Decoding loose tea labels: the “alphabet” of black teas.

Loose black tea leaves. Photo:

Have you ever seen a tea catalog, or visited a tea shop, and noticed exotic-sounding words and letters that are the names of some teas? Wonder what it all means? Companies that sell a variety of unflavored teas often use a system of nomenclature – like nicknames or “tea jargon” – to indicate certain types of information about each tea that they sell. This information includes the place where the tea leaves were grown, the way they were processed, the size of the leaf, and even the part of the tea plant they grew on. All of these qualities influence the finished flavor, aroma, and color of the tea leaves and brewed tea liquor.

With black tea, the exotic-sounding words in the name are generally the name of the region, estate, or tea garden where the tea leaves were grown; the tea leaves will be a blend of those harvested from the plants in the indicated area, which will generally be located somewhere in India, China, Sri Lanka, Africa, or South America. There is also one tea garden in England and one or two in the United States.  Following the regional name, there will often be a series of letters; these indicate the grade of tea, or leaf size. As part of the harvesting process, the tea leaves are sifted and sorted according to size; this helps to ensure that the smaller leaves and pieces – which infuse and grow bitter more quickly than larger leaves – are kept together, and the end product will have leaves of a similar size, and a consistent brewing time and flavor.

Sometimes a glossary is in order so that these names can be deciphered, so here is a list of the main abbreviations used in labeling black tea:

B/Broken – describes a blend of broken, rather than whole, tea leaves. They brew faster and have stronger flavor, but get bitter faster, too.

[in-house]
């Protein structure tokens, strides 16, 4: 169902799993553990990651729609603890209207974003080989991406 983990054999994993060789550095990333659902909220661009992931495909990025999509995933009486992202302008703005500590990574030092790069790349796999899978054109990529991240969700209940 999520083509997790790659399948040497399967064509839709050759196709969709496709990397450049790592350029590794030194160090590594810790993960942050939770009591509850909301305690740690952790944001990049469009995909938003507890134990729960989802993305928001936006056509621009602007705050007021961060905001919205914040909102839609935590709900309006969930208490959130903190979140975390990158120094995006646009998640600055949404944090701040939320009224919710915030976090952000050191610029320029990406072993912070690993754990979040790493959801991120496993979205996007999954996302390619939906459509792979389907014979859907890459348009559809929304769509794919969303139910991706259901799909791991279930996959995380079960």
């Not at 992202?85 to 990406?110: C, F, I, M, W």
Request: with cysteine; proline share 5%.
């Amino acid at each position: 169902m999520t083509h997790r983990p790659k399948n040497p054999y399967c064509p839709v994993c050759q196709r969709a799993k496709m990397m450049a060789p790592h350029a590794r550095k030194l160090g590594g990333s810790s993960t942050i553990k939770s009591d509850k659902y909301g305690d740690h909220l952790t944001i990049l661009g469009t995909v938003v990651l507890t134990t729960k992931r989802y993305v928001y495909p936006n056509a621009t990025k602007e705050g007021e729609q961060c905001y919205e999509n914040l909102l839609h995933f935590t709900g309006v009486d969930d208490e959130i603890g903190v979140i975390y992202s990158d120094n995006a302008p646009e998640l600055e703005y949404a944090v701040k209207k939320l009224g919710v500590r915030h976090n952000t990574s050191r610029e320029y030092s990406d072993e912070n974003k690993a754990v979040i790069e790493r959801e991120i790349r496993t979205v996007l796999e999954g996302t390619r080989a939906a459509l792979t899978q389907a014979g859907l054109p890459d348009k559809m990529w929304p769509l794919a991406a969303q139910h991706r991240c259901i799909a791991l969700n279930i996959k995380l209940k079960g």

F/Fannings or D/Dust – when at the end of the other letters, indicates the smallest particles of broken tea leaf, tiny enough to be blown away by air from a fan. This produces a quick-brewing, strongly flavored tea that is used for tea bags.  It is not swept up from the floor of the tea factory!

F/Finest or S/Special – when at the beginning of the other letters, indicates slow-growing leaves from high mountain elevations, resulting in concentrated flavor and superior quality.

G/Golden – superior quality leaves that include the gold-colored young leaf bud at the very tip of the branch. This bud adds a sweet flavor.

P/Pekoe – usually a broken Ceylon or Sri Lankan tea leaf, curly and without any leaf tips.

S/Souchong – usually a Chinese tea leaf that is twisted and has a light flavor when brewed.

T/Tippy – contains young leaves from the tip of the tea plant branch, or just the tips of the leaves, which are slightly sweet.

CTC/Crush, Tear and Curl – describes a method of processing black tea leaves before drying and packaging.

BPS/Broken Pekoe Souchong – medium-size leaves that are broken in processing, producing a faster-brewing, stronger flavor tea.

FOP/Flowery Orange Pekoe – usually an Indian tea leaf that is long, loosely twisted, and has a “crushed flower” look.

OP/Orange Pekoe – describes a processing style and leaf size: medium size tea leaves, tightly rolled. Popular since about the 1940s.

Hopefully, those tea descriptions won’t be so intimidating for you! You are closer to being able to “talk tea” with the most knowledgeable of tea experts, and it will be easier to buy yourself some really good loose tea.

Copyright 2011, Elizabeth Urbach.

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Filed under Glossary & Terminology, History

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